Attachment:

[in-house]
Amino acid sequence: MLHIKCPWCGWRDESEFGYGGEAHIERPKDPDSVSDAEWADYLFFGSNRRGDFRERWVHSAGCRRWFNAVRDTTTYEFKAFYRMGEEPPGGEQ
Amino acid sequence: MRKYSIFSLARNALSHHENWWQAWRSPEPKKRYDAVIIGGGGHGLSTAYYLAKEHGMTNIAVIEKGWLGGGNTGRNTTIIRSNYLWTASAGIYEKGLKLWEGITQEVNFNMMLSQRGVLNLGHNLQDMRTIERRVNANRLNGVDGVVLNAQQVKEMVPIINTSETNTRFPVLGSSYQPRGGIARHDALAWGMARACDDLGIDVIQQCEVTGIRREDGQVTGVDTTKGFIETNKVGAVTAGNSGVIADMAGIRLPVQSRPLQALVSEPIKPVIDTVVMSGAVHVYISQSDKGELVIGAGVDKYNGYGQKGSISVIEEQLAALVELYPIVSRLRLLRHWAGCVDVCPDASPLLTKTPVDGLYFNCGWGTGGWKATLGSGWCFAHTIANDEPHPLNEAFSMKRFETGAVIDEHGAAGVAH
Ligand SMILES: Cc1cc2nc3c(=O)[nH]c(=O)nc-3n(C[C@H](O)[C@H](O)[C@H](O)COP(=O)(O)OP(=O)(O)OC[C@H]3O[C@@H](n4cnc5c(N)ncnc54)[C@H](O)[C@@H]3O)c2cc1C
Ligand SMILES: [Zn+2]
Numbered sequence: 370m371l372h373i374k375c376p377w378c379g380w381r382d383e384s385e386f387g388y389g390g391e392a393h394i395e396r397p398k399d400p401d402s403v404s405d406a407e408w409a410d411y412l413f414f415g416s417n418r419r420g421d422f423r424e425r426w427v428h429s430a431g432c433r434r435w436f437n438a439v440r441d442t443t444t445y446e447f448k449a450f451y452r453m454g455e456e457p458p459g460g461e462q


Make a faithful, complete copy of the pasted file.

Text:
[in-house]
Amino acid sequence: MLHIKCPWCGWRDESEFGYGGEAHIERPKDPDSVSDAEWADYLFFGSNRRGDFRERWVHSAGCRRWFNAVRDTTTYEFKAFYRMGEEPPGGEQ
Amino acid sequence: MRKYSIFSLARNALSHHENWWQAWRSPEPKKRYDAVIIGGGGHGLSTAYYLAKEHGMTNIAVIEKGWLGGGNTGRNTTIIRSNYLWTASAGIYEKGLKLWEGITQEVNFNMMLSQRGVLNLGHNLQDMRTIERRVNANRLNGVDGVVLNAQQVKEMVPIINTSETNTRFPVLGSSYQPRGGIARHDALAWGMARACDDLGIDVIQQCEVTGIRREDGQVTGVDTTKGFIETNKVGAVTAGNSGVIADMAGIRLPVQSRPLQALVSEPIKPVIDTVVMSGAVHVYISQSDKGELVIGAGVDKYNGYGQKGSISVIEEQLAALVELYPIVSRLRLLRHWAGCVDVCPDASPLLTKTPVDGLYFNCGWGTGGWKATLGSGWCFAHTIANDEPHPLNEAFSMKRFETGAVIDEHGAAGVAH
Ligand SMILES: Cc1cc2nc3c(=O)[nH]c(=O)nc-3n(C[C@H](O)[C@H](O)[C@H](O)COP(=O)(O)OP(=O)(O)OC[C@H]3O[C@@H](n4cnc5c(N)ncnc54)[C@H](O)[C@@H]3O)c2cc1C
Ligand SMILES: [Zn+2]
Numbered sequence: 370m371l372h373i374k375c376p377w378c379g380w381r382d383e384s385e386f387g388y389g390g391e392a393h394i395e396r397p398k399d400p401d402s403v404s405d406a407e408w409a410d411y412l413f414f415g416s417n418r419r420g421d422f423r424e425r426w427v428h429s430a431g432c433r434r435w436f437n438a439v440r441d442t443t444t445y446e447f448k449a450f451y452r453m454g455e456e457p458p459g460g461e462q